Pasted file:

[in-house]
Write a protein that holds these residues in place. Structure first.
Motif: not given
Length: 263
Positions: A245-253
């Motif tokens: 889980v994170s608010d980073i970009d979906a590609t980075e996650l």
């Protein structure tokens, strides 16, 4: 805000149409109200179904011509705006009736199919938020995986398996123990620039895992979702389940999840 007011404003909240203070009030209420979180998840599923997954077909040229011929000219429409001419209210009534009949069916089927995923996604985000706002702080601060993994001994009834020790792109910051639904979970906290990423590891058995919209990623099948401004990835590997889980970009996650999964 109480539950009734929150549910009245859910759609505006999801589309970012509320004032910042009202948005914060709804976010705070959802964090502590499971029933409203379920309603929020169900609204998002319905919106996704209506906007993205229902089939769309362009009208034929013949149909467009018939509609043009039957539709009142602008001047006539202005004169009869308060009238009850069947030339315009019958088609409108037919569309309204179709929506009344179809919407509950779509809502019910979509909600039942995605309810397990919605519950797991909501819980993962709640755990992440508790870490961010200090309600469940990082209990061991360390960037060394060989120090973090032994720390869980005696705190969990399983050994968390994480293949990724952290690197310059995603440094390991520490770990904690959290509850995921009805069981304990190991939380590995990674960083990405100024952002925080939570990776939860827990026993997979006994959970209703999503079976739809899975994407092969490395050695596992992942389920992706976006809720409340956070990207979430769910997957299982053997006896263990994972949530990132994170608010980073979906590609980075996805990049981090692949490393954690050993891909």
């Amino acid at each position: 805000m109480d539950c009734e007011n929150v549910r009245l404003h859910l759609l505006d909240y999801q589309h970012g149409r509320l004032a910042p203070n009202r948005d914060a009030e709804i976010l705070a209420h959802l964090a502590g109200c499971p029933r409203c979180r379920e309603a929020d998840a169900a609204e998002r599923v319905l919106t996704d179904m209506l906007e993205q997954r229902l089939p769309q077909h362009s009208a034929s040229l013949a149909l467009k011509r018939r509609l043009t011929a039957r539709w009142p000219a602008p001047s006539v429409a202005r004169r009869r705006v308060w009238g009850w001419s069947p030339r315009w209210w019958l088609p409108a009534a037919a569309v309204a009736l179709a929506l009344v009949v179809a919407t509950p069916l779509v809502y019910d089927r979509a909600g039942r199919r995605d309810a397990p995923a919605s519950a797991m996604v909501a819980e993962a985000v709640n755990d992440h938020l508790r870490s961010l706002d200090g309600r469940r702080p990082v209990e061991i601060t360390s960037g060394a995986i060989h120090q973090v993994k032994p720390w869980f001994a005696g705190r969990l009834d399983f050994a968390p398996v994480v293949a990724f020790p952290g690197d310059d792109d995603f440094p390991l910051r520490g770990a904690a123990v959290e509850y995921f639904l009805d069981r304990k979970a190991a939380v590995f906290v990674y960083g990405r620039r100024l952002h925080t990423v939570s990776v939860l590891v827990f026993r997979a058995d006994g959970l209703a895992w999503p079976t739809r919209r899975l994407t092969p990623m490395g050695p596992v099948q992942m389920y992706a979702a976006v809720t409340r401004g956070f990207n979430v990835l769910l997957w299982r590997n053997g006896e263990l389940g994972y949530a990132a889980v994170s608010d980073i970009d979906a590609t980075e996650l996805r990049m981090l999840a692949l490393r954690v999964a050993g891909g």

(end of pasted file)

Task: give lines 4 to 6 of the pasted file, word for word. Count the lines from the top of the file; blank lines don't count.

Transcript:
Length: 263
Positions: A245-253
């Motif tokens: 889980v994170s608010d980073i970009d979906a590609t980075e996650l």